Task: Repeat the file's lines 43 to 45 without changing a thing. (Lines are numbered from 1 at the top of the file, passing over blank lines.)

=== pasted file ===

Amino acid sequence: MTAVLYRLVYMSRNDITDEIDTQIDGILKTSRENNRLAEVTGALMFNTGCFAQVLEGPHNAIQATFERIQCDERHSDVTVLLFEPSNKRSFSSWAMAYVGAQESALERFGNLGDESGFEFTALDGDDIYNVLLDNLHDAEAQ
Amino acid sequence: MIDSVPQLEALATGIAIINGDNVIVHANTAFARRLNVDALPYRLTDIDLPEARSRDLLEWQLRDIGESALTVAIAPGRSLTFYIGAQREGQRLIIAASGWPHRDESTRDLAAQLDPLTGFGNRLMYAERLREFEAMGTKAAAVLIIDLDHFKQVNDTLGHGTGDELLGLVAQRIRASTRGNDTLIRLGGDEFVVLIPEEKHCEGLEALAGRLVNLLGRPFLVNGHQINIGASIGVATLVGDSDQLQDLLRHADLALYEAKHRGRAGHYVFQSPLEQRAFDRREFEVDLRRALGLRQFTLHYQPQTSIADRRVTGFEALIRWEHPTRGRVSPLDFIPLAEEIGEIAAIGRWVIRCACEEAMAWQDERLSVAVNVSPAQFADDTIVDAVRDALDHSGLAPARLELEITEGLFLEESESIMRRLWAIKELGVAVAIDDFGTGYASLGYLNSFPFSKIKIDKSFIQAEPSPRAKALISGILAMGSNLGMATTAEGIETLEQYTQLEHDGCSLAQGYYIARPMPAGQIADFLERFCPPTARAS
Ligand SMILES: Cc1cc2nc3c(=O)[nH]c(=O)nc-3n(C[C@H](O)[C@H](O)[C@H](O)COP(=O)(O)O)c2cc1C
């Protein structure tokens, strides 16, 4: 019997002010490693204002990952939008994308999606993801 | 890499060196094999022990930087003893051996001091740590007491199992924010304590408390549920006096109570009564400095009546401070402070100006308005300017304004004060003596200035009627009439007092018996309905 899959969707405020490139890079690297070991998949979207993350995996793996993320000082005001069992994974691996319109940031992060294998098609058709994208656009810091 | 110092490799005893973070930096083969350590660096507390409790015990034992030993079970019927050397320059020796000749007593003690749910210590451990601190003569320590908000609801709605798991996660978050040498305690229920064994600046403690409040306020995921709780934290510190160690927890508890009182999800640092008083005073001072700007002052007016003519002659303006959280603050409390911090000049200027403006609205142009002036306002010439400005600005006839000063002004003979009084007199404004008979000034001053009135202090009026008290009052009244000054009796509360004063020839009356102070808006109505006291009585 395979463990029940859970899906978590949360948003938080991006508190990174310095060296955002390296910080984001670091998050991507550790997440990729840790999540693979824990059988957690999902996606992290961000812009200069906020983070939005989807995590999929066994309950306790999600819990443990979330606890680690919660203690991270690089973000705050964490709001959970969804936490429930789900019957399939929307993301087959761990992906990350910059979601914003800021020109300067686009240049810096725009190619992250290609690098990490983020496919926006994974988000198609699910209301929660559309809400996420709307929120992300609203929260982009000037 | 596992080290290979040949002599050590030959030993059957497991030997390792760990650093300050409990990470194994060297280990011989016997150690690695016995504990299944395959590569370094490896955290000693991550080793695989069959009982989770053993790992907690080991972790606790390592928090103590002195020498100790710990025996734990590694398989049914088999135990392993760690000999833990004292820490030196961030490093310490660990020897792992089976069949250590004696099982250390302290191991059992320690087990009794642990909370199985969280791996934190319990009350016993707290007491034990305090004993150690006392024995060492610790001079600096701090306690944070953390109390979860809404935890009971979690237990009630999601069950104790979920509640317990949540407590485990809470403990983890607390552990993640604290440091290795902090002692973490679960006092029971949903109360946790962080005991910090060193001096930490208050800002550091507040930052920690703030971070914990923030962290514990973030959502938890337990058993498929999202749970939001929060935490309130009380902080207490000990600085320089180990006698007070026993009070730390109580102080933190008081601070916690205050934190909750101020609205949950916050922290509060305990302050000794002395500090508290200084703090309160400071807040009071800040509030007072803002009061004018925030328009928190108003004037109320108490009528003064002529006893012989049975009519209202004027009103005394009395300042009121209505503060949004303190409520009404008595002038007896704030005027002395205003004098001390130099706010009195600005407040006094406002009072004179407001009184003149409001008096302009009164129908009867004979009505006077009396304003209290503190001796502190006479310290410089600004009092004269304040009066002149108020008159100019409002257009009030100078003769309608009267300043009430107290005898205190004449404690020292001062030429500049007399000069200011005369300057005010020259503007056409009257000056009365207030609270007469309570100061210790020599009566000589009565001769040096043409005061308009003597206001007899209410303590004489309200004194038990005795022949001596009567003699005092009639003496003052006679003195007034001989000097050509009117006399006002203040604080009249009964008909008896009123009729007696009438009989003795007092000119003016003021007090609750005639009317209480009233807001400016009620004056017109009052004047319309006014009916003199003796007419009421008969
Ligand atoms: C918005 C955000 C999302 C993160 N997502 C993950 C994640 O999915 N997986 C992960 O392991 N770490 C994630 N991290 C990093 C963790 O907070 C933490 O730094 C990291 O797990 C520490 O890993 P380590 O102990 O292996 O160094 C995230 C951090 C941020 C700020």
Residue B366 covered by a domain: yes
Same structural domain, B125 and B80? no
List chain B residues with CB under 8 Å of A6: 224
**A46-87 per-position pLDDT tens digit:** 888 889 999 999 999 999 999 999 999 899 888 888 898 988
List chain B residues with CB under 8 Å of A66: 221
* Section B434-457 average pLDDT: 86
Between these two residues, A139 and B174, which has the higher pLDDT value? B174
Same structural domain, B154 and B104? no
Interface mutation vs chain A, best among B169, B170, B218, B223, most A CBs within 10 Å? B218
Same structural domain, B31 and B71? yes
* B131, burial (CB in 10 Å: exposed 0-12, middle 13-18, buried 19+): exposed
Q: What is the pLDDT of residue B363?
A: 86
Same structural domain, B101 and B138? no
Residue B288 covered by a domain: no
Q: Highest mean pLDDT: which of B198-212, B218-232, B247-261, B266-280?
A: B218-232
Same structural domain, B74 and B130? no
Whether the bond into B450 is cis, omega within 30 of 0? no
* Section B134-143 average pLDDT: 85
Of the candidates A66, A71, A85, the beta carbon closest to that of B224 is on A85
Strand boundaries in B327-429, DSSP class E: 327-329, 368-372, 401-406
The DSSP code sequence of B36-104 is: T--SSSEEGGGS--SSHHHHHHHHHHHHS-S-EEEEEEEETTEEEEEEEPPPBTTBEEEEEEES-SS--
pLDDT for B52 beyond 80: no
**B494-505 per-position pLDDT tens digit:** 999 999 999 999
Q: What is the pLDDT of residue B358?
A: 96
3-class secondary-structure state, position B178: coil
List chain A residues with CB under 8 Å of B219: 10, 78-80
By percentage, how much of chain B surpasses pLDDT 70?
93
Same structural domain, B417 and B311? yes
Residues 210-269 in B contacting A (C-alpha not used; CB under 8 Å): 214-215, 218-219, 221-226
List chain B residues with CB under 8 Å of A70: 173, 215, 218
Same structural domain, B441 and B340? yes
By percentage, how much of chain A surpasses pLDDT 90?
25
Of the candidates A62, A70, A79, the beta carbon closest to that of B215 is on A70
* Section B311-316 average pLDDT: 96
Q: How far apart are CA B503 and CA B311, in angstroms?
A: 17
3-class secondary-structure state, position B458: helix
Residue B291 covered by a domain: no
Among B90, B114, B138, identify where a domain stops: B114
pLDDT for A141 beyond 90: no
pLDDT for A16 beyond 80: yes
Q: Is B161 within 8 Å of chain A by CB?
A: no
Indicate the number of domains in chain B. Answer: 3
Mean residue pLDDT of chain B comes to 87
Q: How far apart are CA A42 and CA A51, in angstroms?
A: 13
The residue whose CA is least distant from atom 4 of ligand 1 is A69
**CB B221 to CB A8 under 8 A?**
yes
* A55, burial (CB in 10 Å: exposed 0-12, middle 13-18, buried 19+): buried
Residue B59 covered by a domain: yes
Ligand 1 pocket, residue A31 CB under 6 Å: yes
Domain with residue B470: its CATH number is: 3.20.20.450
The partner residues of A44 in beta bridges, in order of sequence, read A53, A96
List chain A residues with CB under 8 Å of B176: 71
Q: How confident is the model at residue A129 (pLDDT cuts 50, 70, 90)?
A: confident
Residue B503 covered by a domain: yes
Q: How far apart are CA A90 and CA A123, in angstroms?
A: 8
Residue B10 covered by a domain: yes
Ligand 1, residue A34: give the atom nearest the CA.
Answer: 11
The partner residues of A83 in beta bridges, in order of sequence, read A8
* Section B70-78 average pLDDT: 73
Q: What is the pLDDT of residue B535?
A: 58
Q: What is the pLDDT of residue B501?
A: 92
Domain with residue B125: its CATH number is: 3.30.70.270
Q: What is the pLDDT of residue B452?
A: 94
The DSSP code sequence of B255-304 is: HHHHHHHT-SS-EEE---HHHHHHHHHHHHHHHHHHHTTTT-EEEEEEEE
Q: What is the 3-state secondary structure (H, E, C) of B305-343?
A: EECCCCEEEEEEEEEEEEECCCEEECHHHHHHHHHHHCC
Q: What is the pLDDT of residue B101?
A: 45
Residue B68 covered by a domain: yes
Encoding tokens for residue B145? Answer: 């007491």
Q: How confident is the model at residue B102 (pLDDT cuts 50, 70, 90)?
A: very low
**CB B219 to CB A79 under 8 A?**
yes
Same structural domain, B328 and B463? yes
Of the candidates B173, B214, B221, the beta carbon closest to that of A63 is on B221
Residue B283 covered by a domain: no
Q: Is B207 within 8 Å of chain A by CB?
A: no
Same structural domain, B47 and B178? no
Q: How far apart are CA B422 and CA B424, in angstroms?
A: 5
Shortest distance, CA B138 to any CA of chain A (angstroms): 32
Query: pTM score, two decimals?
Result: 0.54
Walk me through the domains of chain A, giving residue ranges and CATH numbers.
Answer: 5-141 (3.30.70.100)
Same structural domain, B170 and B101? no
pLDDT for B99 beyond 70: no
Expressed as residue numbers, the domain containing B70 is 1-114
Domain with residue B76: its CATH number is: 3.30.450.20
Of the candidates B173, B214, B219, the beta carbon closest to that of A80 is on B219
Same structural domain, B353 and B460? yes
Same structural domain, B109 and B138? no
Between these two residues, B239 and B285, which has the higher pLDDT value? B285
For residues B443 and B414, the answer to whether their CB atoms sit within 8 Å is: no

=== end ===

Of the candidates A62, A70, A79, the beta carbon closest to that of B215 is on A70
* Section B311-316 average pLDDT: 96
Q: How far apart are CA B503 and CA B311, in angstroms?